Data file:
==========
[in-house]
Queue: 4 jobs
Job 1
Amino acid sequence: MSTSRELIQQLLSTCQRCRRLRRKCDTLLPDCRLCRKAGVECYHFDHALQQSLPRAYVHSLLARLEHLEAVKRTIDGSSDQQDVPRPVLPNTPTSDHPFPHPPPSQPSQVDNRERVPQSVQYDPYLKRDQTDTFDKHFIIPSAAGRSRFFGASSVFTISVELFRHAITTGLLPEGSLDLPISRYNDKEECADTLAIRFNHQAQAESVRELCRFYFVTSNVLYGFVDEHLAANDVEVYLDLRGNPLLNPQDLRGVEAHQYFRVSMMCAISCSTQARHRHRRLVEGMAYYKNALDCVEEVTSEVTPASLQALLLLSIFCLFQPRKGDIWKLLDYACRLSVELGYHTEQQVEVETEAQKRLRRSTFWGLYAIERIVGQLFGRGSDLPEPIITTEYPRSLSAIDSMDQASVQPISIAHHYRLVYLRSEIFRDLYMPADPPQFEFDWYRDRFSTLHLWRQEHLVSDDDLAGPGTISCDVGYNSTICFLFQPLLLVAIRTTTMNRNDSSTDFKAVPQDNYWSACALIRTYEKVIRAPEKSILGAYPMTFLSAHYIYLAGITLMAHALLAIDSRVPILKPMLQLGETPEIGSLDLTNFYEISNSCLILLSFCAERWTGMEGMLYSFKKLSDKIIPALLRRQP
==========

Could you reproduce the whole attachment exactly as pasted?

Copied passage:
[in-house]
Queue: 4 jobs
Job 1
Amino acid sequence: MSTSRELIQQLLSTCQRCRRLRRKCDTLLPDCRLCRKAGVECYHFDHALQQSLPRAYVHSLLARLEHLEAVKRTIDGSSDQQDVPRPVLPNTPTSDHPFPHPPPSQPSQVDNRERVPQSVQYDPYLKRDQTDTFDKHFIIPSAAGRSRFFGASSVFTISVELFRHAITTGLLPEGSLDLPISRYNDKEECADTLAIRFNHQAQAESVRELCRFYFVTSNVLYGFVDEHLAANDVEVYLDLRGNPLLNPQDLRGVEAHQYFRVSMMCAISCSTQARHRHRRLVEGMAYYKNALDCVEEVTSEVTPASLQALLLLSIFCLFQPRKGDIWKLLDYACRLSVELGYHTEQQVEVETEAQKRLRRSTFWGLYAIERIVGQLFGRGSDLPEPIITTEYPRSLSAIDSMDQASVQPISIAHHYRLVYLRSEIFRDLYMPADPPQFEFDWYRDRFSTLHLWRQEHLVSDDDLAGPGTISCDVGYNSTICFLFQPLLLVAIRTTTMNRNDSSTDFKAVPQDNYWSACALIRTYEKVIRAPEKSILGAYPMTFLSAHYIYLAGITLMAHALLAIDSRVPILKPMLQLGETPEIGSLDLTNFYEISNSCLILLSFCAERWTGMEGMLYSFKKLSDKIIPALLRRQP